The Covid-19 pandemic is disrupting every industry. For the media sector, coronavirus creates both opportunities and challenges.
On the one hand, social distancing has led to a spike in at-home media consumption, and growing numbers are turning to news providers for timely and trusted information on the crisis. At the same time, some of the most valuable broadcast content – such as live sports – is being postponed or cancelled, leading to spending reallocations by advertisers and a subsequent drop in income for media companies.
What is the World Economic Forum doing about the coronavirus outbreak?
A new strain of Coronavirus, COVID 19, is spreading around the world, causing deaths and major disruption to the global economy.
Responding to this crisis requires global cooperation among governments, international organizations and the business community, which is at the centre of the World Economic Forum’s mission as the International Organization for Public-Private Cooperation.
The Forum has created the COVID Action Platform, a global platform to convene the business community for collective action, protect people’s livelihoods and facilitate business continuity, and mobilize support for the COVID-19 response. The platform is created with the support of the World Health Organization and is open to all businesses and industry groups, as well as other stakeholders, aiming to integrate and inform joint action.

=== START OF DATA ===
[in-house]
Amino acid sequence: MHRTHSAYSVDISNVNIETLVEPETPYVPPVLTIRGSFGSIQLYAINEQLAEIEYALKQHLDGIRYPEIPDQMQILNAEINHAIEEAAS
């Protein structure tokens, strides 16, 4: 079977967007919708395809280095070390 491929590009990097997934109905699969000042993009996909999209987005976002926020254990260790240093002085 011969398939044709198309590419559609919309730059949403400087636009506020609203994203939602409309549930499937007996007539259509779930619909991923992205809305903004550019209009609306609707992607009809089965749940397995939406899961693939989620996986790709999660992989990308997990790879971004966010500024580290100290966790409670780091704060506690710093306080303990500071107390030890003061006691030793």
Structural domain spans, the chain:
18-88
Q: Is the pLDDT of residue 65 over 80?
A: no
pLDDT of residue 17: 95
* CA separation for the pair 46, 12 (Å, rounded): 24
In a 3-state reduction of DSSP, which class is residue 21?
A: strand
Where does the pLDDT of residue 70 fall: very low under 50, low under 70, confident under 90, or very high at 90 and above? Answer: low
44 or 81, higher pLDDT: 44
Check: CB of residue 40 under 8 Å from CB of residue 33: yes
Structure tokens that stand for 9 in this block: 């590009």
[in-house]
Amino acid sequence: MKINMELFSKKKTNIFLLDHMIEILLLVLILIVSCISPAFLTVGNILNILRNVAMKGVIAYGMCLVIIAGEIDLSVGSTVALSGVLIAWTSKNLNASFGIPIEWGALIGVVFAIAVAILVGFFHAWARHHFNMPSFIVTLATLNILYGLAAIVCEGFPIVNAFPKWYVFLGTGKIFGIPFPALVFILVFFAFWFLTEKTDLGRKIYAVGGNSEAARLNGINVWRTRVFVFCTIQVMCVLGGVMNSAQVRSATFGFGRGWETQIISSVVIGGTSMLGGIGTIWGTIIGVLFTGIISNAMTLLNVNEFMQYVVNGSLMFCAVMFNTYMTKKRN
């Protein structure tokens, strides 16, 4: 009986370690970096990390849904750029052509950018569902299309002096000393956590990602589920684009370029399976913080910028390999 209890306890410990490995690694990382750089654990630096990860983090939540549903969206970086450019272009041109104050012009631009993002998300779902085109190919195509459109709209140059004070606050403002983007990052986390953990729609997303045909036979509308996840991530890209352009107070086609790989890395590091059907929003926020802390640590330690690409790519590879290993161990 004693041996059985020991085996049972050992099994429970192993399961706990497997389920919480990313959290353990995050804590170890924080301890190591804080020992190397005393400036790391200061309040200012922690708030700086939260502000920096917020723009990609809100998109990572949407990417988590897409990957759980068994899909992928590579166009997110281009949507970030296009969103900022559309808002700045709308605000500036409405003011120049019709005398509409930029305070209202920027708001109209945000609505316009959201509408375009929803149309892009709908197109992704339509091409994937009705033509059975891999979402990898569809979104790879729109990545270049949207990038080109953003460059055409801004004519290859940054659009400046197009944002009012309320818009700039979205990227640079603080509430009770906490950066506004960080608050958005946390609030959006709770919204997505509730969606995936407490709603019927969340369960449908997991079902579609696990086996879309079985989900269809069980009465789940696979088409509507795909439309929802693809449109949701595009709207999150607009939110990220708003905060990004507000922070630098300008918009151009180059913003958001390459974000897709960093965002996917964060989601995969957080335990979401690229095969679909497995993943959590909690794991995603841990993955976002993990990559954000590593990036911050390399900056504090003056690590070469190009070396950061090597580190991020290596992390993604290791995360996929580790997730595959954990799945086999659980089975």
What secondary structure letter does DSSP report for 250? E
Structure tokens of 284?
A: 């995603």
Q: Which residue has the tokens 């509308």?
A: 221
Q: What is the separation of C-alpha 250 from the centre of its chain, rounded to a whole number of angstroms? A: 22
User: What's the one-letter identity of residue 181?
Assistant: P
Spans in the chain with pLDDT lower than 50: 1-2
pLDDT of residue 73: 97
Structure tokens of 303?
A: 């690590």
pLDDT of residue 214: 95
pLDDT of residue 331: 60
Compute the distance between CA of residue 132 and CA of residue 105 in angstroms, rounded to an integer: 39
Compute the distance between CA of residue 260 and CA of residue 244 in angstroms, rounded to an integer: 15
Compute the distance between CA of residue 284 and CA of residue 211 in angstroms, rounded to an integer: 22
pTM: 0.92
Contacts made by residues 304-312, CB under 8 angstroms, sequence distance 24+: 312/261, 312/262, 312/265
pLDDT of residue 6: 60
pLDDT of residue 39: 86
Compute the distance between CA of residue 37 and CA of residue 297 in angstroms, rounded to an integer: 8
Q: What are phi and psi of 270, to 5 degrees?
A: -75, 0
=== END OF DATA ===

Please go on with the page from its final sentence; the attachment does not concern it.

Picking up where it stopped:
As an organization, the Forum has a track record of supporting efforts to contain epidemics. In 2017, at our Annual Meeting, the Coalition for Epidemic Preparedness Innovations (CEPI) was launched – bringing together experts from government, business, health, academia and civil society to accelerate the development of vaccines. CEPI is currently supporting the race to develop a vaccine against this strand of the coronavirus.
The current disruption may be unprecedented, but the media industry has been upended many times before. Since the turn of the century, digitization of content, the rise of social media and acceleration in mobile consumption have all forced changes to the way media companies monetize content.
Today – thanks to the internet’s low distribution costs and the global audience it offers – every publisher or distributor is a legitimate competitor, each striving to capture a share of advertising spend and consumer attention.
Some have thrived: their addressable market is bigger, or they’ve scaled to stay competitive. New companies – new ways of reaching people – have been created. Others struggle; local news in particular faces major challenges. A few have failed, and a few more may do so in the future.
What has stayed constant is the indispensable role that media play in society. Media don’t just help us pass the time; they keep us informed. Increasingly, media create shared cultural moments and reflect who we are as people. The industry needs financial models that work to be able to keep fulfilling these functions, which appear ever-more important during times of COVID-19.